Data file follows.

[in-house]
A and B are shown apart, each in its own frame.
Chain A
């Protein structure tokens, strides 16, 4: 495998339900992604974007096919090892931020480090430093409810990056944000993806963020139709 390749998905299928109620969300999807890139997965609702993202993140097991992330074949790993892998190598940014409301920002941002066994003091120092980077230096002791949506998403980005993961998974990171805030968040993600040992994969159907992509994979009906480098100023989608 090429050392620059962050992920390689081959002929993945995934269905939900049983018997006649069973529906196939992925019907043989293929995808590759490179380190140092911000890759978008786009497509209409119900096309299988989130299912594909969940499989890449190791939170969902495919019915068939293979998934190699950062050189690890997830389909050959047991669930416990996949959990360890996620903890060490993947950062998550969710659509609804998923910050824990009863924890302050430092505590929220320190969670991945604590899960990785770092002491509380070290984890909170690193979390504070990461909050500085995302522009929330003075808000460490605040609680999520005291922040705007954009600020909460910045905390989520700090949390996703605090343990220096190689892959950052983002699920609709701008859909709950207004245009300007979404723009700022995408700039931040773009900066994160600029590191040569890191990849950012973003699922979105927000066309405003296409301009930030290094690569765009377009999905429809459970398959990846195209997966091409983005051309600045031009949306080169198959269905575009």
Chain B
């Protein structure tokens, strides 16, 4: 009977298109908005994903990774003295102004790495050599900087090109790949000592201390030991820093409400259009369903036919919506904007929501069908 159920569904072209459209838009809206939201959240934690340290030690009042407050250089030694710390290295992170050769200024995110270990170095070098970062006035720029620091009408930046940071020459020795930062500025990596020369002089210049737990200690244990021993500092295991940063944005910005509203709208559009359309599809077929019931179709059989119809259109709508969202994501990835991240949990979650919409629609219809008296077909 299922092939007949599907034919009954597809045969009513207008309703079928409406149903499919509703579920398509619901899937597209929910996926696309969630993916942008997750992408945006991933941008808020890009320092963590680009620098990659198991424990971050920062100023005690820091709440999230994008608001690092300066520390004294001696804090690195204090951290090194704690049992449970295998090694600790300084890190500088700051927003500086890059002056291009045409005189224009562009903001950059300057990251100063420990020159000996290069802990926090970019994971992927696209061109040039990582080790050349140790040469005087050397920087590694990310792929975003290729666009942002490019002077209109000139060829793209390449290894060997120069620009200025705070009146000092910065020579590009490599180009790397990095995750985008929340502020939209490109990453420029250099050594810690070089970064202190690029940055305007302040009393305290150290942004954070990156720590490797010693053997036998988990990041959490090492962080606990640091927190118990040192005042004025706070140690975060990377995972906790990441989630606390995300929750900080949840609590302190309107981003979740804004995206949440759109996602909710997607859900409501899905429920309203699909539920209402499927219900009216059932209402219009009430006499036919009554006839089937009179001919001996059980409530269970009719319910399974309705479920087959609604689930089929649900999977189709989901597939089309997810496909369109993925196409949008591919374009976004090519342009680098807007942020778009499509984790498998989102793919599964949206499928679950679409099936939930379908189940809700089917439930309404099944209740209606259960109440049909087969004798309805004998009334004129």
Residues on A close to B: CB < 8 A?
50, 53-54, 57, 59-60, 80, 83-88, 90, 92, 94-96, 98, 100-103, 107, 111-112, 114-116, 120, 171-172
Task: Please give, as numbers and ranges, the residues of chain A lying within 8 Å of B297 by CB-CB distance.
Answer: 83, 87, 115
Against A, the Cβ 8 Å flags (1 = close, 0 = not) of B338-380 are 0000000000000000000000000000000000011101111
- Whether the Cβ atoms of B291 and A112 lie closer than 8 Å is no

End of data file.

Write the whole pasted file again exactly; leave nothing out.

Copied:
[in-house]
A and B are shown apart, each in its own frame.
Chain A
């Protein structure tokens, strides 16, 4: 495998339900992604974007096919090892931020480090430093409810990056944000993806963020139709 390749998905299928109620969300999807890139997965609702993202993140097991992330074949790993892998190598940014409301920002941002066994003091120092980077230096002791949506998403980005993961998974990171805030968040993600040992994969159907992509994979009906480098100023989608 090429050392620059962050992920390689081959002929993945995934269905939900049983018997006649069973529906196939992925019907043989293929995808590759490179380190140092911000890759978008786009497509209409119900096309299988989130299912594909969940499989890449190791939170969902495919019915068939293979998934190699950062050189690890997830389909050959047991669930416990996949959990360890996620903890060490993947950062998550969710659509609804998923910050824990009863924890302050430092505590929220320190969670991945604590899960990785770092002491509380070290984890909170690193979390504070990461909050500085995302522009929330003075808000460490605040609680999520005291922040705007954009600020909460910045905390989520700090949390996703605090343990220096190689892959950052983002699920609709701008859909709950207004245009300007979404723009700022995408700039931040773009900066994160600029590191040569890191990849950012973003699922979105927000066309405003296409301009930030290094690569765009377009999905429809459970398959990846195209997966091409983005051309600045031009949306080169198959269905575009």
Chain B
């Protein structure tokens, strides 16, 4: 009977298109908005994903990774003295102004790495050599900087090109790949000592201390030991820093409400259009369903036919919506904007929501069908 159920569904072209459209838009809206939201959240934690340290030690009042407050250089030694710390290295992170050769200024995110270990170095070098970062006035720029620091009408930046940071020459020795930062500025990596020369002089210049737990200690244990021993500092295991940063944005910005509203709208559009359309599809077929019931179709059989119809259109709508969202994501990835991240949990979650919409629609219809008296077909 299922092939007949599907034919009954597809045969009513207008309703079928409406149903499919509703579920398509619901899937597209929910996926696309969630993916942008997750992408945006991933941008808020890009320092963590680009620098990659198991424990971050920062100023005690820091709440999230994008608001690092300066520390004294001696804090690195204090951290090194704690049992449970295998090694600790300084890190500088700051927003500086890059002056291009045409005189224009562009903001950059300057990251100063420990020159000996290069802990926090970019994971992927696209061109040039990582080790050349140790040469005087050397920087590694990310792929975003290729666009942002490019002077209109000139060829793209390449290894060997120069620009200025705070009146000092910065020579590009490599180009790397990095995750985008929340502020939209490109990453420029250099050594810690070089970064202190690029940055305007302040009393305290150290942004954070990156720590490797010693053997036998988990990041959490090492962080606990640091927190118990040192005042004025706070140690975060990377995972906790990441989630606390995300929750900080949840609590302190309107981003979740804004995206949440759109996602909710997607859900409501899905429920309203699909539920209402499927219900009216059932209402219009009430006499036919009554006839089937009179001919001996059980409530269970009719319910399974309705479920087959609604689930089929649900999977189709989901597939089309997810496909369109993925196409949008591919374009976004090519342009680098807007942020778009499509984790498998989102793919599964949206499928679950679409099936939930379908189940809700089917439930309404099944209740209606259960109440049909087969004798309805004998009334004129």
Residues on A close to B: CB < 8 A?
50, 53-54, 57, 59-60, 80, 83-88, 90, 92, 94-96, 98, 100-103, 107, 111-112, 114-116, 120, 171-172
Task: Please give, as numbers and ranges, the residues of chain A lying within 8 Å of B297 by CB-CB distance.
Answer: 83, 87, 115
Against A, the Cβ 8 Å flags (1 = close, 0 = not) of B338-380 are 0000000000000000000000000000000000011101111
- Whether the Cβ atoms of B291 and A112 lie closer than 8 Å is no